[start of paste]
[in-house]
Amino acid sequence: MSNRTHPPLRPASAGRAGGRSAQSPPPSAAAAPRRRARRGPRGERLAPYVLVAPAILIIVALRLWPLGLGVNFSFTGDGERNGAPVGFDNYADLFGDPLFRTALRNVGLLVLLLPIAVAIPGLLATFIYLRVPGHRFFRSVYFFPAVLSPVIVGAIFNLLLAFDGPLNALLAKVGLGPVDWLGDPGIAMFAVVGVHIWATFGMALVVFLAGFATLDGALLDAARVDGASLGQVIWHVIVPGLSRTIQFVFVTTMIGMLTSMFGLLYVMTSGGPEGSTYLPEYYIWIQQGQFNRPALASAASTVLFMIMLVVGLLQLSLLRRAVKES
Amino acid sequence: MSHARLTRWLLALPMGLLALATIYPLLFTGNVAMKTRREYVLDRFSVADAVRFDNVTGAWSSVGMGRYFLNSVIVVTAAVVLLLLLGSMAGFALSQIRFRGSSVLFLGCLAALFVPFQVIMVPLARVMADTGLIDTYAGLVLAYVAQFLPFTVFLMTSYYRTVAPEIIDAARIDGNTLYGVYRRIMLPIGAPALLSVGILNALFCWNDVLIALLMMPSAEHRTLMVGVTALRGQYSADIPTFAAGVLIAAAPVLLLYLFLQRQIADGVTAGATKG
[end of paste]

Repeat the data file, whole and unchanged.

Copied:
[in-house]
Amino acid sequence: MSNRTHPPLRPASAGRAGGRSAQSPPPSAAAAPRRRARRGPRGERLAPYVLVAPAILIIVALRLWPLGLGVNFSFTGDGERNGAPVGFDNYADLFGDPLFRTALRNVGLLVLLLPIAVAIPGLLATFIYLRVPGHRFFRSVYFFPAVLSPVIVGAIFNLLLAFDGPLNALLAKVGLGPVDWLGDPGIAMFAVVGVHIWATFGMALVVFLAGFATLDGALLDAARVDGASLGQVIWHVIVPGLSRTIQFVFVTTMIGMLTSMFGLLYVMTSGGPEGSTYLPEYYIWIQQGQFNRPALASAASTVLFMIMLVVGLLQLSLLRRAVKES
Amino acid sequence: MSHARLTRWLLALPMGLLALATIYPLLFTGNVAMKTRREYVLDRFSVADAVRFDNVTGAWSSVGMGRYFLNSVIVVTAAVVLLLLLGSMAGFALSQIRFRGSSVLFLGCLAALFVPFQVIMVPLARVMADTGLIDTYAGLVLAYVAQFLPFTVFLMTSYYRTVAPEIIDAARIDGNTLYGVYRRIMLPIGAPALLSVGILNALFCWNDVLIALLMMPSAEHRTLMVGVTALRGQYSADIPTFAAGVLIAAAPVLLLYLFLQRQIADGVTAGATKG